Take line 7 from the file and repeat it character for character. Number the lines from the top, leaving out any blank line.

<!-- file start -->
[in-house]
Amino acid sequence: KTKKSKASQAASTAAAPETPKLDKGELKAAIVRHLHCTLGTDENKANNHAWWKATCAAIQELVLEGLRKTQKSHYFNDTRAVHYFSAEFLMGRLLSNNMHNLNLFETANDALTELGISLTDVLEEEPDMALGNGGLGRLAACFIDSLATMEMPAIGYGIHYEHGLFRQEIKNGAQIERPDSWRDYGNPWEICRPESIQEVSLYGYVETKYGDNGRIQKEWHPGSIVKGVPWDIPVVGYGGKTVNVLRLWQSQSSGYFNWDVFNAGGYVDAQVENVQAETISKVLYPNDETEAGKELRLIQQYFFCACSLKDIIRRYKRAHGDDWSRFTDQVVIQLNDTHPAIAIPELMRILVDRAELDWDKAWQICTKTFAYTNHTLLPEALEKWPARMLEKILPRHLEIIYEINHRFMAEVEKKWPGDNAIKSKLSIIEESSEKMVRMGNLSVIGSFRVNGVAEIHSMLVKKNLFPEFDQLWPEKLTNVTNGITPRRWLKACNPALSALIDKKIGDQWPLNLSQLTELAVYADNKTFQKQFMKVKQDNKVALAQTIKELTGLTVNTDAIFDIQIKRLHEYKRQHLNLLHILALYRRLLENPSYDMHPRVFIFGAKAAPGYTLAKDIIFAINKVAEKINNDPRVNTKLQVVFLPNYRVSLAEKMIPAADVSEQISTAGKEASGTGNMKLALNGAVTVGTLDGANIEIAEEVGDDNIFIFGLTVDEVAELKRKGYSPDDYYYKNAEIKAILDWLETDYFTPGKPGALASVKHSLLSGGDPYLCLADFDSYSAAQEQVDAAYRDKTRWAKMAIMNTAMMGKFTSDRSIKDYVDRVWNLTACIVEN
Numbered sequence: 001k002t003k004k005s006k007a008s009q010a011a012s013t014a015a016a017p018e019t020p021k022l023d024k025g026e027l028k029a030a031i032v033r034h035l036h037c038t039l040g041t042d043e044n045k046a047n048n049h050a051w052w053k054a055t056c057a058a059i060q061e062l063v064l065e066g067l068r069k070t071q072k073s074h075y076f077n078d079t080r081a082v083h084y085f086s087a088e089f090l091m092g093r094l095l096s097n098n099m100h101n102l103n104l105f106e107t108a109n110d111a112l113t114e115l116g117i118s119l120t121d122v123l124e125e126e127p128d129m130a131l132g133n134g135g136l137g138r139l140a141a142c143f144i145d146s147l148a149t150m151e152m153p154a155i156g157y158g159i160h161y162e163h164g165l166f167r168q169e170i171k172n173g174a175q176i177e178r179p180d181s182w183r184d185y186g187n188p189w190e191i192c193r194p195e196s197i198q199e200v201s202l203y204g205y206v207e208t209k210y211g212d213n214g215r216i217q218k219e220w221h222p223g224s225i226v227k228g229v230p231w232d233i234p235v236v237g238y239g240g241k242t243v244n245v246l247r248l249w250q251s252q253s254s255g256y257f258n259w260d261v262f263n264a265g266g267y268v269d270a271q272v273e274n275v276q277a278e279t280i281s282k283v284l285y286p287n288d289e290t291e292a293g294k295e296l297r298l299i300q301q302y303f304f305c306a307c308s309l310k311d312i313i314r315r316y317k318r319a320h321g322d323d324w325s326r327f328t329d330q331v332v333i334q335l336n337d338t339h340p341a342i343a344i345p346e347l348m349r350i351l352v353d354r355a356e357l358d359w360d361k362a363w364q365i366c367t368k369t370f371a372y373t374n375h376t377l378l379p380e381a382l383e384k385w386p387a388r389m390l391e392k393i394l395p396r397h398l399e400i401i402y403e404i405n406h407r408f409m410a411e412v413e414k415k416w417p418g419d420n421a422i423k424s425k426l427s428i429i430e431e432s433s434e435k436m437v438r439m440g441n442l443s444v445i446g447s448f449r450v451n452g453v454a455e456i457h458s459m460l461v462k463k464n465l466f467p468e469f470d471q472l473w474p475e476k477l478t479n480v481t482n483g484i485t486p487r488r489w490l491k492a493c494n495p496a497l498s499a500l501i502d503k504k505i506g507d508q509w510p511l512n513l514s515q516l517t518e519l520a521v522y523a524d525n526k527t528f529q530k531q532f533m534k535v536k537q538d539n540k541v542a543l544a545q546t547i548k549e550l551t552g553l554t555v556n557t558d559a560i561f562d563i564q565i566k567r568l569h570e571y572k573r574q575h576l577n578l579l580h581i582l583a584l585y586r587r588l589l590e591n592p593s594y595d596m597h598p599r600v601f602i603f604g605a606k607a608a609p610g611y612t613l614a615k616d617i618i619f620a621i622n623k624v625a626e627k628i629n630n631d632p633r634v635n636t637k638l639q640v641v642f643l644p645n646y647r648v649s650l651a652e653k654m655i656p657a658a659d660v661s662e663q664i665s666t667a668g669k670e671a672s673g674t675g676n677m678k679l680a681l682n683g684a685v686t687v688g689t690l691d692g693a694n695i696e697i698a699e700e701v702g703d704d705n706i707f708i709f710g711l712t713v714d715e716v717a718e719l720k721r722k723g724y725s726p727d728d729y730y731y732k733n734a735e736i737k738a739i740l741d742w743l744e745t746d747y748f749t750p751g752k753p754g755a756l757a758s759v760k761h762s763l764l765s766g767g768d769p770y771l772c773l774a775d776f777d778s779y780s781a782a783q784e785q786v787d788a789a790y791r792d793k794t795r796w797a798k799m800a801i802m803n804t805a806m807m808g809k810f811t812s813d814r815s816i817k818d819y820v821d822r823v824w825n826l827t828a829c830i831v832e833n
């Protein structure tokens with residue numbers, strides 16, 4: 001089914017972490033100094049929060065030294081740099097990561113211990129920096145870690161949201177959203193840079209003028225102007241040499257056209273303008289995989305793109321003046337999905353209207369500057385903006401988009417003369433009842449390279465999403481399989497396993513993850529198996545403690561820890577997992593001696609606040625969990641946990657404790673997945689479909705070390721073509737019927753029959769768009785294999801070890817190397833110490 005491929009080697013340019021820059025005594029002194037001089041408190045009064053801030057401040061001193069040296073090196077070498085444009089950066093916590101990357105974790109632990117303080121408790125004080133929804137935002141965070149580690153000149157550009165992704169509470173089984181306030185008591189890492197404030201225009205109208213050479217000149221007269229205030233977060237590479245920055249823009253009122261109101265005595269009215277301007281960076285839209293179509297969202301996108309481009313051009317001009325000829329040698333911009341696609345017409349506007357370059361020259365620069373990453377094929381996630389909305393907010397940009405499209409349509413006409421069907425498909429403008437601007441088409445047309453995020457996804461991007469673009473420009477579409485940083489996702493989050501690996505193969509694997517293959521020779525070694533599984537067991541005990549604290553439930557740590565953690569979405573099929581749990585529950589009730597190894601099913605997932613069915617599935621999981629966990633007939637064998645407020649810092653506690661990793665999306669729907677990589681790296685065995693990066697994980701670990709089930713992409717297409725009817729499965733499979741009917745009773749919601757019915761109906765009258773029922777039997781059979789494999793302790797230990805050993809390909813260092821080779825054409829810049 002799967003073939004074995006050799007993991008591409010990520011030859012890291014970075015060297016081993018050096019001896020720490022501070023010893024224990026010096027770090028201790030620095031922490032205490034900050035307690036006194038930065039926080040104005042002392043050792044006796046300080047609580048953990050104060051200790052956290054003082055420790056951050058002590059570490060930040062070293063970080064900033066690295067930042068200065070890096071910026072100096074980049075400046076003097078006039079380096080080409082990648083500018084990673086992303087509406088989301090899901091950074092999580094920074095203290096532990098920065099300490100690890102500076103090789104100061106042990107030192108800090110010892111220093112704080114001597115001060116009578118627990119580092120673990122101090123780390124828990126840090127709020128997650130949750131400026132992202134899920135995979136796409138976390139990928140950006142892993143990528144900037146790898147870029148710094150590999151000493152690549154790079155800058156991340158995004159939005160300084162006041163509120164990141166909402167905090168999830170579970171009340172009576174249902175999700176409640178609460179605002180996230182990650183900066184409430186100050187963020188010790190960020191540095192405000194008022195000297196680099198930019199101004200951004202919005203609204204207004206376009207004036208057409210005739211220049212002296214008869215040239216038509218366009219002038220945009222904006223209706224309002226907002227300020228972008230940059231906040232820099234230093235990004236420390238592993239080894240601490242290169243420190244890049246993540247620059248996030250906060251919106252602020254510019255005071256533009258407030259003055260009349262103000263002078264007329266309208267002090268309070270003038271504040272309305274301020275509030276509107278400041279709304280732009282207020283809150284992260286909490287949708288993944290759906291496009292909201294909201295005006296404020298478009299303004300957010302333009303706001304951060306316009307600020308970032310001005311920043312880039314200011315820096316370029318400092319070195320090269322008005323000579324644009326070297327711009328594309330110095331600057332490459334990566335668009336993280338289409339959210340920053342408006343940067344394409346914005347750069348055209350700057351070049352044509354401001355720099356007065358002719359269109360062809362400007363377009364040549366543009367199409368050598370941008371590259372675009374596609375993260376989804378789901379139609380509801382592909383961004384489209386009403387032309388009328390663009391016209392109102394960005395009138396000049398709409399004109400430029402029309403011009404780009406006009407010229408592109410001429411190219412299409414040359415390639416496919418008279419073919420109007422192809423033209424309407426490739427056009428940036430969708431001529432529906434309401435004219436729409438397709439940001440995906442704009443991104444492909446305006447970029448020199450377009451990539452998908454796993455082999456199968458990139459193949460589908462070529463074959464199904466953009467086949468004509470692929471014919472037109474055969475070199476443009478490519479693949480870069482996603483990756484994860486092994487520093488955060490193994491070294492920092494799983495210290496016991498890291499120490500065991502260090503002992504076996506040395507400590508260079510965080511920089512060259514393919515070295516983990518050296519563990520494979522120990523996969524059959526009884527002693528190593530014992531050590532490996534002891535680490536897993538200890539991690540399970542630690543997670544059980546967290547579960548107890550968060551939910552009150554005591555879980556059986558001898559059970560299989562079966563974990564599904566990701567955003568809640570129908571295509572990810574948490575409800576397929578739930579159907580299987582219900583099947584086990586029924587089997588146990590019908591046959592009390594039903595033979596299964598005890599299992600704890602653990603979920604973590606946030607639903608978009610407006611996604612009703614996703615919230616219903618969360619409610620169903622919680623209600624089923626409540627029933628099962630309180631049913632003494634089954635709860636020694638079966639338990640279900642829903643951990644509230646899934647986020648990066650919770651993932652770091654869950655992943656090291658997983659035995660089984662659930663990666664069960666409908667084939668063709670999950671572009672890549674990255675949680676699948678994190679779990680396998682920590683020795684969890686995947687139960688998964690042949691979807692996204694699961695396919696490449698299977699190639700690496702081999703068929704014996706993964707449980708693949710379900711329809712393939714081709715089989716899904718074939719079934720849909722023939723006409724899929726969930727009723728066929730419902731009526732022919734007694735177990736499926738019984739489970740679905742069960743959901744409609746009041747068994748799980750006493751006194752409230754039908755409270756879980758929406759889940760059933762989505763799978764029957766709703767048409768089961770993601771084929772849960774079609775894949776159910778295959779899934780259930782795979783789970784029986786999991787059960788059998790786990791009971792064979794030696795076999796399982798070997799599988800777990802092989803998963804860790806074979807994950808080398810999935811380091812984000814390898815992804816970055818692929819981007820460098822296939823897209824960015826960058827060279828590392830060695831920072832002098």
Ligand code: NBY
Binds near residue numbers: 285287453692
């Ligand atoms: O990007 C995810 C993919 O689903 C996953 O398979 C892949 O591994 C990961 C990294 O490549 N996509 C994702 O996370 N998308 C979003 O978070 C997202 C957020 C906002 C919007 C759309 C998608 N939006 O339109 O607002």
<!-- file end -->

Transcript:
């Ligand atoms: O990007 C995810 C993919 O689903 C996953 O398979 C892949 O591994 C990961 C990294 O490549 N996509 C994702 O996370 N998308 C979003 O978070 C997202 C957020 C906002 C919007 C759309 C998608 N939006 O339109 O607002």